If you have built yourself up to attend a session and it doesn’t feel right, it can be a huge disappointment. You might feel that it was pointless or that this has proven that therapy definitely isn’t for you. But both Sarah and Dawn emphasised the importance of finding the right person. As well as the right professional qualifications, you need to find someone who you feel comfortable with. Every therapist knows the importance of getting this relationship right and all would respect your decision not to continue with them. Dawn suggests meeting more than one therapist before making your decision. This is easier with private therapy, as you do not have to wait for another NHS therapist to become available. Of course, it is also more expensive. It is worth asking therapists if they do a free or reduced fee introductory session to help you decide.

“There are many different counsellors out there and just like in our everyday lives we will get on better with some people more than others. If you have had a bad experience it maybe because you haven’t found the right counsellor for you.”

You might feel that it is hard enough to open up to one stranger, let alone finding the time, money and emotional energy to ‘shop around’. Dawn says that choosing a counsellor who uses more than one therapeutical approach can help, as they can offer different ways of working depending on your needs. You might also find it helpful to read up on a counsellor and ask them questions by email to help you decide whether they are right for you. Making a shortlist of your favourite options and only visiting the second and third if the first one doesn’t work out could be a good approach.

The main thing to remember is that there are as many different experiences of therapy as there are combinations of therapist and client. One or even two or three bad experiences does not mean that therapy cannot help you.

Five good things a day for World Mental Health Day and beyond..

Happy World Mental Health Day everyone!

Looking after your mental health

If you don’t have a diagnosed mental health issue then you’d be forgiven for thinking that dancinngWorld Mental Health day isn’t for you.

But we all have mental health in the same way we all have physical health – and that mental health needs to be understood and looked after to help us stay happier. And the better we do that, the more resilient we become. This means that when things do get difficult we’re more able to cope with them.

It’s pretty similar to physical health really – if we don’t look after ourselves we’re more vulnerable to colds, flu etc. And when we do get ill our overall health will help determine the speed of our recovery. Continue reading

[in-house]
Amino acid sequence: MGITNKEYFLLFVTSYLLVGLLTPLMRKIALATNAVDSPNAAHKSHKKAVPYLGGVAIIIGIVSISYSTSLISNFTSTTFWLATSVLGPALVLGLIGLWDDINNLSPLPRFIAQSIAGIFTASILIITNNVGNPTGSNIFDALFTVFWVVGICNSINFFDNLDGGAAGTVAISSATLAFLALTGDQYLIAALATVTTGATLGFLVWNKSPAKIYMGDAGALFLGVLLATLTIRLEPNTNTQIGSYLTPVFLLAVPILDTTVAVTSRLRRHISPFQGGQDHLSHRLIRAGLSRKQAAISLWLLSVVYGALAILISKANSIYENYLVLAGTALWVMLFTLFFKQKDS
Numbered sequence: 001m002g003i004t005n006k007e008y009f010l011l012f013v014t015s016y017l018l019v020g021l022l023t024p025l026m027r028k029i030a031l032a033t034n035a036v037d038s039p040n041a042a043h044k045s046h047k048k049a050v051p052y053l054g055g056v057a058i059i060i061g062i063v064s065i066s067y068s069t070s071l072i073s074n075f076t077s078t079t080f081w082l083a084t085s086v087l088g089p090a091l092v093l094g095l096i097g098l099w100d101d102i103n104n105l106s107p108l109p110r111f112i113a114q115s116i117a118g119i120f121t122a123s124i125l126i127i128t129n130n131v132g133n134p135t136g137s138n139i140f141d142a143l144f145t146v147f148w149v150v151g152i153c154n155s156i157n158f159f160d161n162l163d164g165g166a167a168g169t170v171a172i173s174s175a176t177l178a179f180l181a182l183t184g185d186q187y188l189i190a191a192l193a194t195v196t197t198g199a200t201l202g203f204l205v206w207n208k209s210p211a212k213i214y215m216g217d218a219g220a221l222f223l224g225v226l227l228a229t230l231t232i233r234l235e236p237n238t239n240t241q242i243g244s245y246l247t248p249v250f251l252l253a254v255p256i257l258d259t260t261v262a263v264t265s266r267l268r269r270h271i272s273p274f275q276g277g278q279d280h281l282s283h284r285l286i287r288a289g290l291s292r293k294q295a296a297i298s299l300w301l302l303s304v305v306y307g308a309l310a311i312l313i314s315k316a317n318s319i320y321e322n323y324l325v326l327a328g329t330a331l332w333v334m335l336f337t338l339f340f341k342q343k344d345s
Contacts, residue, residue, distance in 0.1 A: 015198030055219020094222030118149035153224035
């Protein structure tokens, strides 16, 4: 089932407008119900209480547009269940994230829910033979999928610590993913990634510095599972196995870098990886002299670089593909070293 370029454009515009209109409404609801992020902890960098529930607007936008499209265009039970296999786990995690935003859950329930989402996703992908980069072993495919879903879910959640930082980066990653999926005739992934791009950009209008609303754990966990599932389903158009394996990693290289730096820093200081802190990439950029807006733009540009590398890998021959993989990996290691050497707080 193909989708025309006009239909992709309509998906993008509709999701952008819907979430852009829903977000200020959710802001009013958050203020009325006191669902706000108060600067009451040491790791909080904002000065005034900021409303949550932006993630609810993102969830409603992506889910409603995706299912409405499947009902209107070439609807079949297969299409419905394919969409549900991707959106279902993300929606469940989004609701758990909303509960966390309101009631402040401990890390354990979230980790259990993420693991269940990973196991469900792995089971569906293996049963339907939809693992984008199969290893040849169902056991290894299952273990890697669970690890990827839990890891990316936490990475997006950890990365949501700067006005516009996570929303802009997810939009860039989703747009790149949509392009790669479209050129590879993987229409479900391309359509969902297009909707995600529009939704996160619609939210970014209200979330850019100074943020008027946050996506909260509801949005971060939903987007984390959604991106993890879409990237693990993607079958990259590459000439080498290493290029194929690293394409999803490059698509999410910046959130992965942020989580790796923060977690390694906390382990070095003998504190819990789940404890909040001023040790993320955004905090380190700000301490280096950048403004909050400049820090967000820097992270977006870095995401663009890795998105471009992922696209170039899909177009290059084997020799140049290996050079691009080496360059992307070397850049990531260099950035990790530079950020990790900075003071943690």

Social media, mental health and mindfulness

Exploring the potential damage that social media can cause; promoting unrealistic representations of daily life and encouraging us all to make unhealthy comparisons with our internal experience.

It was only a few years ago that the idea that Facebook and other social networking sites could diminish happiness or affect wellbeing was still a relatively new one. Now there seems to be an article or news story claiming something similar every other week.

Is social networking good for your mental health?

Screen Shot 2013-10-07 at 21.26.55

How big is your discrepancy?

Mind recently published a blog from one of their Elefriends community members – ‘Is social networking good for your mental health’. It inspired an interesting debate on twitter which they collected together on Storify. As expected, there were tweets from people who found social media a lifeline, the only contact with the outside world, a supportive community of people who understood. Fabio Zuchelli writes a great post about the how Twitter can help when you’re depressed.

On the negative side of the debate were others who found trolls and haters bullied or upset them. And finally, most interesting for me, were the people who found social media difficult because of the comparisons it (almost) forces them to make. Continue reading

What dogs can teach us about wellbeing and mindfulness

How my dog helps me remember to be mindful through acceptance, curiosity, living in the moment and pure joy.

Be more dog?

O2’s recently launched  ‘Be more dog‘ campaign got me thinking. Their emphasis is on findingwatson blog excitement and joie de vivre in a world too bored and their aim is to sell their services. But since getting our collie Dr Watson seven months ago, I’ve realised that there is a lot that dogs can teach us.

Spending time with Watson reminds me of some of the core teachings of the Mindfulness Based Therapy for Depression course I completed last year.

Acceptance

Dogs are incredibly accepting. Watson takes his experiences as they come. He doesn’t make judgements about what is going on in his head or feel that he ‘should’ be feeling differently. He just feels.